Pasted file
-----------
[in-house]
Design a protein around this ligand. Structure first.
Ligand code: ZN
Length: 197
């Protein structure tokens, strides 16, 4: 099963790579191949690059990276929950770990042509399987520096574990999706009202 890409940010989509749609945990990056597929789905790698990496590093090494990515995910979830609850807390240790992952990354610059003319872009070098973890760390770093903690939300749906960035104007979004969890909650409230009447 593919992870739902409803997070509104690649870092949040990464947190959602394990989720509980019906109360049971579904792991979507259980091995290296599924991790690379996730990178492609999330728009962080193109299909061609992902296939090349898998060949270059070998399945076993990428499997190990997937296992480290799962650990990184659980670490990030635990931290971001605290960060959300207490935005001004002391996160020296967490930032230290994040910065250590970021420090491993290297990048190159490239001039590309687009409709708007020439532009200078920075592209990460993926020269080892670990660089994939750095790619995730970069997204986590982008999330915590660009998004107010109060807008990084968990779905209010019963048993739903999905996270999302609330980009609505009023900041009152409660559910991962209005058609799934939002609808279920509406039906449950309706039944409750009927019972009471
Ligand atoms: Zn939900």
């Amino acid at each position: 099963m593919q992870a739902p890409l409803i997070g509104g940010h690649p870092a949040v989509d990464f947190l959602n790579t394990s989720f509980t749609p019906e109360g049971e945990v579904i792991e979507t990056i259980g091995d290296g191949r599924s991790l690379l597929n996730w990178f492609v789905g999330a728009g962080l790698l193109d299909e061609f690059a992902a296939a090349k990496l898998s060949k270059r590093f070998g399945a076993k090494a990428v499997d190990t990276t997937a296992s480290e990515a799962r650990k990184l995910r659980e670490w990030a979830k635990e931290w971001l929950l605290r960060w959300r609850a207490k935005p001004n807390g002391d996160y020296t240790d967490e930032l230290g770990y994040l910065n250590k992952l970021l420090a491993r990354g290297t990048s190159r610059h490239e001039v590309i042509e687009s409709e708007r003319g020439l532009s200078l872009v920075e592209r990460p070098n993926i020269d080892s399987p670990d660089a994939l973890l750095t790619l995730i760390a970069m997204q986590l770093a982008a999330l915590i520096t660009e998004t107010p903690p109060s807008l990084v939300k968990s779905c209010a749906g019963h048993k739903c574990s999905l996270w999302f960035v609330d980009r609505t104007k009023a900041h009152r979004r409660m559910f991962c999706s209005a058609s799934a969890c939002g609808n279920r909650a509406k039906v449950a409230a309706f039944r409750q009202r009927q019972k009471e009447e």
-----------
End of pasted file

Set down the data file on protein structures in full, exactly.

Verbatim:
[in-house]
Design a protein around this ligand. Structure first.
Ligand code: ZN
Length: 197
């Protein structure tokens, strides 16, 4: 099963790579191949690059990276929950770990042509399987520096574990999706009202 890409940010989509749609945990990056597929789905790698990496590093090494990515995910979830609850807390240790992952990354610059003319872009070098973890760390770093903690939300749906960035104007979004969890909650409230009447 593919992870739902409803997070509104690649870092949040990464947190959602394990989720509980019906109360049971579904792991979507259980091995290296599924991790690379996730990178492609999330728009962080193109299909061609992902296939090349898998060949270059070998399945076993990428499997190990997937296992480290799962650990990184659980670490990030635990931290971001605290960060959300207490935005001004002391996160020296967490930032230290994040910065250590970021420090491993290297990048190159490239001039590309687009409709708007020439532009200078920075592209990460993926020269080892670990660089994939750095790619995730970069997204986590982008999330915590660009998004107010109060807008990084968990779905209010019963048993739903999905996270999302609330980009609505009023900041009152409660559910991962209005058609799934939002609808279920509406039906449950309706039944409750009927019972009471
Ligand atoms: Zn939900």
């Amino acid at each position: 099963m593919q992870a739902p890409l409803i997070g509104g940010h690649p870092a949040v989509d990464f947190l959602n790579t394990s989720f509980t749609p019906e109360g049971e945990v579904i792991e979507t990056i259980g091995d290296g191949r599924s991790l690379l597929n996730w990178f492609v789905g999330a728009g962080l790698l193109d299909e061609f690059a992902a296939a090349k990496l898998s060949k270059r590093f070998g399945a076993k090494a990428v499997d190990t990276t997937a296992s480290e990515a799962r650990k990184l995910r659980e670490w990030a979830k635990e931290w971001l929950l605290r960060w959300r609850a207490k935005p001004n807390g002391d996160y020296t240790d967490e930032l230290g770990y994040l910065n250590k992952l970021l420090a491993r990354g290297t990048s190159r610059h490239e001039v590309i042509e687009s409709e708007r003319g020439l532009s200078l872009v920075e592209r990460p070098n993926i020269d080892s399987p670990d660089a994939l973890l750095t790619l995730i760390a970069m997204q986590l770093a982008a999330l915590i520096t660009e998004t107010p903690p109060s807008l990084v939300k968990s779905c209010a749906g019963h048993k739903c574990s999905l996270w999302f960035v609330d980009r609505t104007k009023a900041h009152r979004r409660m559910f991962c999706s209005a058609s799934a969890c939002g609808n279920r909650a509406k039906v449950a409230a309706f039944r409750q009202r009927q019972k009471e009447e």